Our writers and editors used an in-house natural language generation platform to assist with portions of this article, allowing them to focus on adding information that is uniquely helpful. The article was reviewed, fact-checked and edited by our editorial staff prior to publication.

Key takeaways

  • Brand loyalty can limit your earnings. Instead, use multiple cards to maximize rewards rates.
  • This might involve switching cards or using different cards for different types of spending.
  • Understand the redemption options for each of your cards to get the most value from your rewards.

Credit card rewards programs are tempting. They offer cash back, travel miles or points on your purchases, meaning you get a little something back for your regular spending. But does it make sense to remain loyal to one credit card to maximize those benefits, or is it better to play the field, switching between cards to take advantage of the strongest rewards? As it turns out, the secret to optimizing credit card rewards might just be brand disloyalty.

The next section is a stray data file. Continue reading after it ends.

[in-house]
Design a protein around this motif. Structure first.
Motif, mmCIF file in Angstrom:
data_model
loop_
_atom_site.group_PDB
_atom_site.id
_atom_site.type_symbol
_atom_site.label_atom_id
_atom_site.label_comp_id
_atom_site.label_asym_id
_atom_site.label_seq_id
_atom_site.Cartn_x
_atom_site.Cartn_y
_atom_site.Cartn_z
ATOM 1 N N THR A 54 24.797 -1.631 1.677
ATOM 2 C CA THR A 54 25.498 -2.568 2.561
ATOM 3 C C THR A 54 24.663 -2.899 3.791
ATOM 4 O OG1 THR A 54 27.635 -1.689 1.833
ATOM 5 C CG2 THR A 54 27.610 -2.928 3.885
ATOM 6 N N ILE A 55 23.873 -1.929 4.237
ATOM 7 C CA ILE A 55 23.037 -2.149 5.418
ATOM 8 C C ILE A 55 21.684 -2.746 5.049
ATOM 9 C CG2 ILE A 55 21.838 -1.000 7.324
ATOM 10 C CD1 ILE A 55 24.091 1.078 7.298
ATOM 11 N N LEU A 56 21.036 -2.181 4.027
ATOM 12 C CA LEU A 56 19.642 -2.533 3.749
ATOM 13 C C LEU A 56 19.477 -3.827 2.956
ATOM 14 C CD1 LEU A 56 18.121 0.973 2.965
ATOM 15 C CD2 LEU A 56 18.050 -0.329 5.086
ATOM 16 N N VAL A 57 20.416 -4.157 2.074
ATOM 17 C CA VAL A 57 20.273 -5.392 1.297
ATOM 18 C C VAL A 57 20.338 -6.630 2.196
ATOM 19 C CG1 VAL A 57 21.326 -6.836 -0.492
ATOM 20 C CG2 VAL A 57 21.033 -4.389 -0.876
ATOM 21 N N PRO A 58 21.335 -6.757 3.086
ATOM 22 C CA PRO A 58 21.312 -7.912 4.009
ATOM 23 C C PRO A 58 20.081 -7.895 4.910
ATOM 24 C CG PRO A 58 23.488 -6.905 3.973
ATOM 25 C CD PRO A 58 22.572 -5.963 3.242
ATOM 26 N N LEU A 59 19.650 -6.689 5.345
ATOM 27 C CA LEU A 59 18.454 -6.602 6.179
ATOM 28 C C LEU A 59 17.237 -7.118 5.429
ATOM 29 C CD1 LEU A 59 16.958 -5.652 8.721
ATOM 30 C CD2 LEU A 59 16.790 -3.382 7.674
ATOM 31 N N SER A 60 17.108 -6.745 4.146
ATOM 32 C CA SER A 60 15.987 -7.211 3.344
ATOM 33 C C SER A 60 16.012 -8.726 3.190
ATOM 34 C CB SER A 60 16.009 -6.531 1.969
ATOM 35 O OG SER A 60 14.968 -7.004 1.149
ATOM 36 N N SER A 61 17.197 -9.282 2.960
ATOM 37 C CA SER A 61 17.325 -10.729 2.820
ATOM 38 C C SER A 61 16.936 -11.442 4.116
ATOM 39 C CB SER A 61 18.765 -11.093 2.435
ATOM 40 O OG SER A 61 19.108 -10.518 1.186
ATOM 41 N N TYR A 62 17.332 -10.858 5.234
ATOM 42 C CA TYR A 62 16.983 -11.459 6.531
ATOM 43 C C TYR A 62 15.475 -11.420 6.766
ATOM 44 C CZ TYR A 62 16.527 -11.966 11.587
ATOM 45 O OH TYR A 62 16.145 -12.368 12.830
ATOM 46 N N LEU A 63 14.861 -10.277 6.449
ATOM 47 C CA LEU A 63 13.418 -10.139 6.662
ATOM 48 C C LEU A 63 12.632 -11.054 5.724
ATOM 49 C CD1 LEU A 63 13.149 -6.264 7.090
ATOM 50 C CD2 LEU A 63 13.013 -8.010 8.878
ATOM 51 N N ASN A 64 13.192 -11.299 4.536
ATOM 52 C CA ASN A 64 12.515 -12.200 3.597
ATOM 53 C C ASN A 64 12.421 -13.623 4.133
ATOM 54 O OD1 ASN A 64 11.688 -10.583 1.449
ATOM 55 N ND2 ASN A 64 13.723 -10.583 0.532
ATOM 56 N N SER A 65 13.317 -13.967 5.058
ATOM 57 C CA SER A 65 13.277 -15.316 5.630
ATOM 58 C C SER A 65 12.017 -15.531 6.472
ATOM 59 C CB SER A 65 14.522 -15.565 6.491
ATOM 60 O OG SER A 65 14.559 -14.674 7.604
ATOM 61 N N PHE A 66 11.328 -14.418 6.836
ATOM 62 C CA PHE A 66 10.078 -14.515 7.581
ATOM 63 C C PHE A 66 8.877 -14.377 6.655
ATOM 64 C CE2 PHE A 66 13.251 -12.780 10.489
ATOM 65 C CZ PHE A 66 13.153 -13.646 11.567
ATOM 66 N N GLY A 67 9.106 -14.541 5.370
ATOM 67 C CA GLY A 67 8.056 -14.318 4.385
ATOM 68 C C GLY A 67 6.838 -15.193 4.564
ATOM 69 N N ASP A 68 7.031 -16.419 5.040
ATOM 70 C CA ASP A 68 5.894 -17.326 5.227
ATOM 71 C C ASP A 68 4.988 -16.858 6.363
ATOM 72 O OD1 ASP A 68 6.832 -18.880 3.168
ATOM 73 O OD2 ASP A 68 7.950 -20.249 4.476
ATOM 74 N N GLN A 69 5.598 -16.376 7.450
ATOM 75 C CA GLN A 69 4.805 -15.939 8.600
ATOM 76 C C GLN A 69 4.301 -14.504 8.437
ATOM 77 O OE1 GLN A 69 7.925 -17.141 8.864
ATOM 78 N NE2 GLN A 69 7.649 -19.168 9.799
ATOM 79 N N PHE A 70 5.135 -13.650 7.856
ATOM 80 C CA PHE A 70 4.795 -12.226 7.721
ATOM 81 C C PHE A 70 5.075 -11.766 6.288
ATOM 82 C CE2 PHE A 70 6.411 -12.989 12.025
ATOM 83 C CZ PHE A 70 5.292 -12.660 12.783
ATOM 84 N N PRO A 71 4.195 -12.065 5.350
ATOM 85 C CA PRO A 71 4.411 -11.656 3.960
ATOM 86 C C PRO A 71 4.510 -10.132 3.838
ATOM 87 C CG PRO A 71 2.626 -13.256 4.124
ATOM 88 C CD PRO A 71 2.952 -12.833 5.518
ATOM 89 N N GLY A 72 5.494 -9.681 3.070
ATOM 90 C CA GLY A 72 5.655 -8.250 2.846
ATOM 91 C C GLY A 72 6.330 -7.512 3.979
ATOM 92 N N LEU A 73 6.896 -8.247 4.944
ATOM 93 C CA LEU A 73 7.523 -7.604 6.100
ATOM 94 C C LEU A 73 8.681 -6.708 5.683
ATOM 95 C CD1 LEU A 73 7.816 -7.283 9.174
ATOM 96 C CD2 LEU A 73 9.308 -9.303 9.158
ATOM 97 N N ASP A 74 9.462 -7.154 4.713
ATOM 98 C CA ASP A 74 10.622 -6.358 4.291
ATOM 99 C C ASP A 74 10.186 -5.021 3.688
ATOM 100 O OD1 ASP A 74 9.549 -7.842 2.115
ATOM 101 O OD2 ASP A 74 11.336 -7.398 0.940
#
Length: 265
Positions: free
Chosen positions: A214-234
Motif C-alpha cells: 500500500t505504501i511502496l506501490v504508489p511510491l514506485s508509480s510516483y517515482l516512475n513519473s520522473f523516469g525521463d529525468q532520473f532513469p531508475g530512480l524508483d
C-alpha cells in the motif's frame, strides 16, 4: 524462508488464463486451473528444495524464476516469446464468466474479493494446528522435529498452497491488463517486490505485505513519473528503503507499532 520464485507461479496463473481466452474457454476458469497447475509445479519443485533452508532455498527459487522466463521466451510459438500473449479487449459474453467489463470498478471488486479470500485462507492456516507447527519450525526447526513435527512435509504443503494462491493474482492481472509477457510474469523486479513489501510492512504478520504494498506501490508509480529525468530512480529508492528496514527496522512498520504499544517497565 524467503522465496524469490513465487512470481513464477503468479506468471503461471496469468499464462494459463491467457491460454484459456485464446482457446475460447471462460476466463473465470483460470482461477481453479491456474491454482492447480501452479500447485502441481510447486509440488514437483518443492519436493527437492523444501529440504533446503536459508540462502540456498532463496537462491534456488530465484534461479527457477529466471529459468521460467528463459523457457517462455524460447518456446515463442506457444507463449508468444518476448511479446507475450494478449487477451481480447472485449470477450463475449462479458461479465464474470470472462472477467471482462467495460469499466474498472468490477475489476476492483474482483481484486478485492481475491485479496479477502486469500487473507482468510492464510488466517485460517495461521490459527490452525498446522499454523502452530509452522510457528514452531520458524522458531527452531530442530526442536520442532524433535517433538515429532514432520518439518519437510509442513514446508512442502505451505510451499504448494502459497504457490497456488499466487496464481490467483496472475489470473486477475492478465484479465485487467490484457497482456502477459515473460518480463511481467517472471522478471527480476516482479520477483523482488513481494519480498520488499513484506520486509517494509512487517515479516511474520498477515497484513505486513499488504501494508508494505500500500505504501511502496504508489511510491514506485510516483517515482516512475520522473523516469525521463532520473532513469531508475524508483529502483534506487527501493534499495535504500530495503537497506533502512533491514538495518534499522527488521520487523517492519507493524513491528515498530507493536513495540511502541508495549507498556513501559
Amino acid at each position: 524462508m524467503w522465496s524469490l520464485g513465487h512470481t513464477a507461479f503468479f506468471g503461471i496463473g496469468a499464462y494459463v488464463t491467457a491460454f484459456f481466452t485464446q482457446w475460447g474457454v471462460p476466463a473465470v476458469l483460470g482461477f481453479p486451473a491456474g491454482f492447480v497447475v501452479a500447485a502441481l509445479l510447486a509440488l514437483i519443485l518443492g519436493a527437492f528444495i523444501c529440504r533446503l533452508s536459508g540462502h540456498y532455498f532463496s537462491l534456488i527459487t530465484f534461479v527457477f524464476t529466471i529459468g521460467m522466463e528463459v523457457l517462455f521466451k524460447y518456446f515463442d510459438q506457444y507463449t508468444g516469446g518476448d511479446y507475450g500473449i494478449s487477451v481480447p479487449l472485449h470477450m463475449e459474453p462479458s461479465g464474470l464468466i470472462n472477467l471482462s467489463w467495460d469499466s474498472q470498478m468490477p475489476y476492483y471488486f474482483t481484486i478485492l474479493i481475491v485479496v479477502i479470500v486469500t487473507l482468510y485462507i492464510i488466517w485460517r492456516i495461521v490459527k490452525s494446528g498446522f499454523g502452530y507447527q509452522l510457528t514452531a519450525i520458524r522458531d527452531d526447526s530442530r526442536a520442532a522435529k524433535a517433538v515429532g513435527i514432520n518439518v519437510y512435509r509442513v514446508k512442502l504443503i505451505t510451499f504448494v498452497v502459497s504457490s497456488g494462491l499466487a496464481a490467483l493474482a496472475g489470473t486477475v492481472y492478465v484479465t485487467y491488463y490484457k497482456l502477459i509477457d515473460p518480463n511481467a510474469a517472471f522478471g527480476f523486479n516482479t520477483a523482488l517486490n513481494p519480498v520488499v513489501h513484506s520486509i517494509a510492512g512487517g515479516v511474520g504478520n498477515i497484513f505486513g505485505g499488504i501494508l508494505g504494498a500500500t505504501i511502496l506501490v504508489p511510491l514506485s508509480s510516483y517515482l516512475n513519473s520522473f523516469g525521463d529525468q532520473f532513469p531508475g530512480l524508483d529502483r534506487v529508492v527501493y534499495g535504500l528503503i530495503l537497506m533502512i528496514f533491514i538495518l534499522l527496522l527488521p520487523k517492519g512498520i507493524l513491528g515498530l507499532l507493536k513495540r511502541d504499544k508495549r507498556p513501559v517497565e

What are credit card rewards — and how do they work?

Credit card rewards are a type of loyalty program that allows you to earn points, cash back, miles and other rewards when you make eligible purchases with your credit card. For example, if you have a 2 percent cash back card, you’d get 2 cents back for every dollar you spend.

Credit card companies use rewards programs as an incentive to encourage cardholders to use their cards, which in turn boosts the issuers’ revenues from interchange — or swipe — fees. A compelling rewards program can also help card issuers attract customers in new market segments and set them apart from competitors. Offering rewards that align closely with customer spending habits can increase card usage and bolster customer loyalty.

When it comes to points, miles and points can be worth anywhere from 1 cent each to about 3 cents or more, depending on the brand and how you redeem your rewards.

Yet, while your loyalty may be good for your issuer, it doesn’t always get you the best deal as a consumer.

Why you shouldn’t be loyal to a single rewards program

Sticking to one credit card’s rewards program sounds convenient, but it can limit your earning potential. No single card offers all the benefits you might be looking for, and you could be missing out on other rewarding opportunities.